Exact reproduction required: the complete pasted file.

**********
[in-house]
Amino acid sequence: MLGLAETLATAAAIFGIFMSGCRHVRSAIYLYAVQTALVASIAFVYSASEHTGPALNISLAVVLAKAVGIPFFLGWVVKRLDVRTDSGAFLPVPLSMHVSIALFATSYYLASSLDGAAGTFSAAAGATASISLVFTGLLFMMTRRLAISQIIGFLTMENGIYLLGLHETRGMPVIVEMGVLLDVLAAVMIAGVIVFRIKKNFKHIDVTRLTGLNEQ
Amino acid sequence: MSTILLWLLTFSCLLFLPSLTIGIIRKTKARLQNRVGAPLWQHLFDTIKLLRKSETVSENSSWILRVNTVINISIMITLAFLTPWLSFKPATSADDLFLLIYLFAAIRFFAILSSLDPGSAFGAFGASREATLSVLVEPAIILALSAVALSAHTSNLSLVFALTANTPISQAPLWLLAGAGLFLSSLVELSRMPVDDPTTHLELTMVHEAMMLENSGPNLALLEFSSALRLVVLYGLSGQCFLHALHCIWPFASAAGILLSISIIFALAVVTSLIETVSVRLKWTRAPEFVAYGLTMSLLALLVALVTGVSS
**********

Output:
[in-house]
Amino acid sequence: MLGLAETLATAAAIFGIFMSGCRHVRSAIYLYAVQTALVASIAFVYSASEHTGPALNISLAVVLAKAVGIPFFLGWVVKRLDVRTDSGAFLPVPLSMHVSIALFATSYYLASSLDGAAGTFSAAAGATASISLVFTGLLFMMTRRLAISQIIGFLTMENGIYLLGLHETRGMPVIVEMGVLLDVLAAVMIAGVIVFRIKKNFKHIDVTRLTGLNEQ
Amino acid sequence: MSTILLWLLTFSCLLFLPSLTIGIIRKTKARLQNRVGAPLWQHLFDTIKLLRKSETVSENSSWILRVNTVINISIMITLAFLTPWLSFKPATSADDLFLLIYLFAAIRFFAILSSLDPGSAFGAFGASREATLSVLVEPAIILALSAVALSAHTSNLSLVFALTANTPISQAPLWLLAGAGLFLSSLVELSRMPVDDPTTHLELTMVHEAMMLENSGPNLALLEFSSALRLVVLYGLSGQCFLHALHCIWPFASAAGILLSISIIFALAVVTSLIETVSVRLKWTRAPEFVAYGLTMSLLALLVALVTGVSS